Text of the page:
By Steve Davies
A new study of 30 geographically diverse farms suggests growers who consistently employ soil health management practices such as cover crops and reduced tillage can spend less on inputs and make more money.
The numbers generated by the study led by the Soil Health Institute and National Association of Conservation Districts are not trivial: On average, soil health management systems, or SHMS, boosted net farm income by $65 per acre across 29 farms. One organic farm was not included in the average because its relatively high revenue from organic price premiums would have skewed the results.
“Yield increases due to SHMS were reported for 42% of farms growing corn, 32% of farms growing soybean, and 35% of farms growing other crops,” the two organizations said. The groups collaborated with USDA’s Natural Resources Conservation Service in the study.
The 30 farms were located in 20 states: Three each in Iowa and Alabama, two in Delaware, Idaho, Indiana, Minnesota, Mississippi and South Carolina, and one in California, Colorado, Georgia, Michigan, Ohio, Oklahoma, Oregon, South Dakota, Tennessee, Texas, Washington and Wisconsin.
Other studies have detailed the benefits to farmers’ bottom lines of managing for soil health, but the latest one is unusual because it includes farms from all over the U.S. planting a wide variety of crops and incorporates video narratives of the producers discussing their experiences.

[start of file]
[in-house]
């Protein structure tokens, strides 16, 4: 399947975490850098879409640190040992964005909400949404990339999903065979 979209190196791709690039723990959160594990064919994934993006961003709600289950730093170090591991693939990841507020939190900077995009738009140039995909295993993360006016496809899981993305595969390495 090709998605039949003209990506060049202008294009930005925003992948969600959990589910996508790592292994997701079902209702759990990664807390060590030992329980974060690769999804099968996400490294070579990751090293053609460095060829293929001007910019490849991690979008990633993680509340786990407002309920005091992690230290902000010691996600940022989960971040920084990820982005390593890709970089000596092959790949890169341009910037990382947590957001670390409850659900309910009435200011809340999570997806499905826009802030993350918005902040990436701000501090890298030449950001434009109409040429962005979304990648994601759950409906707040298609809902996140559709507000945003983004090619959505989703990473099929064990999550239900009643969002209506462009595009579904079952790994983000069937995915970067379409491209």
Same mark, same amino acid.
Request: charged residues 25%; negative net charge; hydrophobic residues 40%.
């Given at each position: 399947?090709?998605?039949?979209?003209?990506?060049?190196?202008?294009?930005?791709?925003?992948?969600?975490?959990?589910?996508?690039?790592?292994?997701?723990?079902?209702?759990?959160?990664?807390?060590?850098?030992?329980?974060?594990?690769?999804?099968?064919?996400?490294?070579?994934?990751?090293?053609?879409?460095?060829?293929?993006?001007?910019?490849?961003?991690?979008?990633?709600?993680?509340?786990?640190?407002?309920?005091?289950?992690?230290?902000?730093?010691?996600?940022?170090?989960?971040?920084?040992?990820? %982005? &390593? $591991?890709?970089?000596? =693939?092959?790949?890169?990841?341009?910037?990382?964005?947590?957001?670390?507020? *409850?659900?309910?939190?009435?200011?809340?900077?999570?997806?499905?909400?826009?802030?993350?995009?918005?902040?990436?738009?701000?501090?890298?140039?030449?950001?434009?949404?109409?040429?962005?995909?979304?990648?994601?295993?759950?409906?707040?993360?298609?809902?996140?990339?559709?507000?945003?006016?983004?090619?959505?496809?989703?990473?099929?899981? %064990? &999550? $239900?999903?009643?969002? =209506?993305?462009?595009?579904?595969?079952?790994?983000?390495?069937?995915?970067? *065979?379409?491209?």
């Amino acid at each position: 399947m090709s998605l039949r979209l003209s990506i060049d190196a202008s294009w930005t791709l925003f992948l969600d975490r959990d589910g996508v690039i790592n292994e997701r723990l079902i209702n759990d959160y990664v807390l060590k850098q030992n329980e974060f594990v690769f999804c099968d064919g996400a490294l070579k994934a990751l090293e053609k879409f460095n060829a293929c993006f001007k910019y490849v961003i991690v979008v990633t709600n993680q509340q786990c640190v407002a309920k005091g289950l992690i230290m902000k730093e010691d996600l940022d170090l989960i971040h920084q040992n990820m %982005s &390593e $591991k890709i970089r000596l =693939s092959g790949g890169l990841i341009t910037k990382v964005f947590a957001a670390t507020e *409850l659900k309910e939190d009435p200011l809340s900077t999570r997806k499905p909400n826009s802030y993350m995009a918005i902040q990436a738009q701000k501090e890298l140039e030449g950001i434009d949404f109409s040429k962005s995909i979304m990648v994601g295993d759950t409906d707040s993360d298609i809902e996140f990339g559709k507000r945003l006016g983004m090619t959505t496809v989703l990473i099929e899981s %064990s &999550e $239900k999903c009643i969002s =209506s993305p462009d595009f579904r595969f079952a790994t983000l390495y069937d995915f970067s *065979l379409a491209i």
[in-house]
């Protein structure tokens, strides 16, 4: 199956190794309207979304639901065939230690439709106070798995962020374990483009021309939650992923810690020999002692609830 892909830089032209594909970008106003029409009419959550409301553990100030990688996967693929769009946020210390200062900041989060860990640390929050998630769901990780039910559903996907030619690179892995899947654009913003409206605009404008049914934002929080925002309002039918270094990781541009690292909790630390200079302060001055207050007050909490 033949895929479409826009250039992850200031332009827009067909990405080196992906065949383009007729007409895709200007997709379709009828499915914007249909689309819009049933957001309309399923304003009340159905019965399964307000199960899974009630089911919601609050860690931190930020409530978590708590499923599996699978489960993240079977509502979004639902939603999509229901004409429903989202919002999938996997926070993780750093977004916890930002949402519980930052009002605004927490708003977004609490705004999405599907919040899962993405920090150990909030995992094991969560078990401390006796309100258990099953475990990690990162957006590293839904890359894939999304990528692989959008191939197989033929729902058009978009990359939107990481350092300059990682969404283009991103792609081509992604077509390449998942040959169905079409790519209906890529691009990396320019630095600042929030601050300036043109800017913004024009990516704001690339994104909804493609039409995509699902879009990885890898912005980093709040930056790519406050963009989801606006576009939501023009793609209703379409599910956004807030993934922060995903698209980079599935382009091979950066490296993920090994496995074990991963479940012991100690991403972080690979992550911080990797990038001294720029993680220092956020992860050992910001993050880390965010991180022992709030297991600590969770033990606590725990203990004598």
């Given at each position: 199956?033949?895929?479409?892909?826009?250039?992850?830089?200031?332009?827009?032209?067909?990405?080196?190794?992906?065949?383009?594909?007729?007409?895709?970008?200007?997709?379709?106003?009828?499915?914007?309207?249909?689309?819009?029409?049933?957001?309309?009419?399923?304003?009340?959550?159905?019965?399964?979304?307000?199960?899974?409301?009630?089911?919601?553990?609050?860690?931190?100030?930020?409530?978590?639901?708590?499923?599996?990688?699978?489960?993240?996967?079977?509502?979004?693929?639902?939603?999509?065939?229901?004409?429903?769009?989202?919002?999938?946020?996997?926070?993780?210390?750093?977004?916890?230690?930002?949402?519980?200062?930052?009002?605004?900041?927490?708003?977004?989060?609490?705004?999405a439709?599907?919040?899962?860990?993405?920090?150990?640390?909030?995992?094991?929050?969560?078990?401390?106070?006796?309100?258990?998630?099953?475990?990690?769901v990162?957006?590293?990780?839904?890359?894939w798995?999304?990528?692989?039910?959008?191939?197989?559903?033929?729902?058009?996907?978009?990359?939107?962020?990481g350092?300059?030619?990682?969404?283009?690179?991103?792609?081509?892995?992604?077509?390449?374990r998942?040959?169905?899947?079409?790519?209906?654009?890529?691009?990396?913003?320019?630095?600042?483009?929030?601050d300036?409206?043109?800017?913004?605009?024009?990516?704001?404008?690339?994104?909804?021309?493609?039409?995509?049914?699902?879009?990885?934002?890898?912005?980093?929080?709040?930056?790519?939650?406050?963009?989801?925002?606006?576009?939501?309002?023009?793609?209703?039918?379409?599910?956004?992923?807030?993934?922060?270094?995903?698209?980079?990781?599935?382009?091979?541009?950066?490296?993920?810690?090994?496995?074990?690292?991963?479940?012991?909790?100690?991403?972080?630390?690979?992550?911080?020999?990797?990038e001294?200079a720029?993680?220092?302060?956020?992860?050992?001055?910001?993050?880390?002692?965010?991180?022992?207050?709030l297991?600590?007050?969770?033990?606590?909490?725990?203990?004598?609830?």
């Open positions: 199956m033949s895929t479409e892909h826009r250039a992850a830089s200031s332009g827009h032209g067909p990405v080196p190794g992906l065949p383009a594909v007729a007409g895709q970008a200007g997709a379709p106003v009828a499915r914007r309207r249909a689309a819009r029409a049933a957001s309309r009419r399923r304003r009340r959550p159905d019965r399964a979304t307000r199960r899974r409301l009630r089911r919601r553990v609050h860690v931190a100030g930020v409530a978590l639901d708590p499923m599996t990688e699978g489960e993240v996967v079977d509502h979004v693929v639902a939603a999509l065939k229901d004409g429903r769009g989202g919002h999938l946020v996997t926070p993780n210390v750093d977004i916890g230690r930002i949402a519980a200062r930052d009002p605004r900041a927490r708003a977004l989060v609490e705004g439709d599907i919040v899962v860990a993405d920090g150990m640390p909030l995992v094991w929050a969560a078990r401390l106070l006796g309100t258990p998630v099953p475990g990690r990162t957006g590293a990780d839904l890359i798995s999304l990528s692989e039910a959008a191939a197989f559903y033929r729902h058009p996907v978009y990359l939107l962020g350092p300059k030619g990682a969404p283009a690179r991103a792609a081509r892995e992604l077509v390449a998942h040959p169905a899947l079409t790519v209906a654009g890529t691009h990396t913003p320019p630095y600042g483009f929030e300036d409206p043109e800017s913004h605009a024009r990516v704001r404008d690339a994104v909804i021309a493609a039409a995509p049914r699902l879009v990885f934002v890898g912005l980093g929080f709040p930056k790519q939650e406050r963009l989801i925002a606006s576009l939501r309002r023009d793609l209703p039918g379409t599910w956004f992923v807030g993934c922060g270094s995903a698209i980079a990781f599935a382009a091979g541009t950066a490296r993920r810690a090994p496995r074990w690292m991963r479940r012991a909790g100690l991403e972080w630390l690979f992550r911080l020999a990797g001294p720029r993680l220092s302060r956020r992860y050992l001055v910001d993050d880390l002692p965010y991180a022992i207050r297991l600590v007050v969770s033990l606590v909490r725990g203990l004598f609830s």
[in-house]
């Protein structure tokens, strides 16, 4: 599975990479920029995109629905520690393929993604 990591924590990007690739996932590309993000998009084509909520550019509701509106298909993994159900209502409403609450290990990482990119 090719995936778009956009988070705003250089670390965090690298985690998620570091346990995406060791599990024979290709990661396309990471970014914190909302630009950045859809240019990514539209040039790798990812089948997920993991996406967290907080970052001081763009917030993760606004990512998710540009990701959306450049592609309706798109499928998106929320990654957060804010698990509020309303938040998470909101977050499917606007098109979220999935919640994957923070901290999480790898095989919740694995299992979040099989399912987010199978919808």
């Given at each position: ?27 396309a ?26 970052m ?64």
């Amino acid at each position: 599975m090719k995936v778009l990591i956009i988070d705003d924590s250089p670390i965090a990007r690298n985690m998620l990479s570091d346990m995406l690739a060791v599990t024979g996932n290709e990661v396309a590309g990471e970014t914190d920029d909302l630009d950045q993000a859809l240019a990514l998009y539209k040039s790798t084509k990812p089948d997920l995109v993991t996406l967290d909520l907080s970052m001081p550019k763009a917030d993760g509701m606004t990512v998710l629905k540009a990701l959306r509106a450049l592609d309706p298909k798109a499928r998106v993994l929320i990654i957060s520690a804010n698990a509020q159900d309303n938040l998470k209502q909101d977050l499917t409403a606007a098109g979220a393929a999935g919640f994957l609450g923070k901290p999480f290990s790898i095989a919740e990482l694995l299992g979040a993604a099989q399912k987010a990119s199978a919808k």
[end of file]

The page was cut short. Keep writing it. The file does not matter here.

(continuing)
“You don’t need to be afraid of trying things,” Minnesota producer Richard Cunningham said in one of those videos. Cunningham and his father, Ian, raise beef cattle and grow corn, soybeans and alfalfa on their land in the state’s Lower Big Sioux River Watershed. The operation has been in the family for 134 years.
“Whenever you can get more production with less input costs, whenever you can plant and timely harvest your crop, or better yet to have animals harvest the crop and spread the manure, that’s money in the bank,” Ian Cunningham says.
The fact sheet accompanying the video says that on the Cunningham farm, “methods of reduced tillage have been applied for approximately 70 years with no-till soybean and strip-till corn production for 20 years. The farm has planted cover crops for 10 years.”
“We try to incorporate cover crops on our land at least once a year on every acre,” Ian said. They also try to have the cattle graze cover crops annually.
The Cunninghams reduced their nitrogen costs for corn by about $22 an acre, applied less potassium and phosphorus, and they eliminated the use of a residual herbicide in a post-plant tank mix for corn. They also no longer had to use one herbicide in a pre-plant spray and one post-plant spray trip for soybeans. “Total reduced expenses were $55.94/acre for corn and $56.58/acre for soybean,” the fact sheet says.
“We’re using less fertilizer and consistently getting higher yields than other systems,” Ian says in the video.
There have been other benefits — less soil compaction and better water infiltration, for example.
“When we look at our neighbors having difficulty getting equipment stuck [because of wet fields], we don’t have those issues,” Ian says.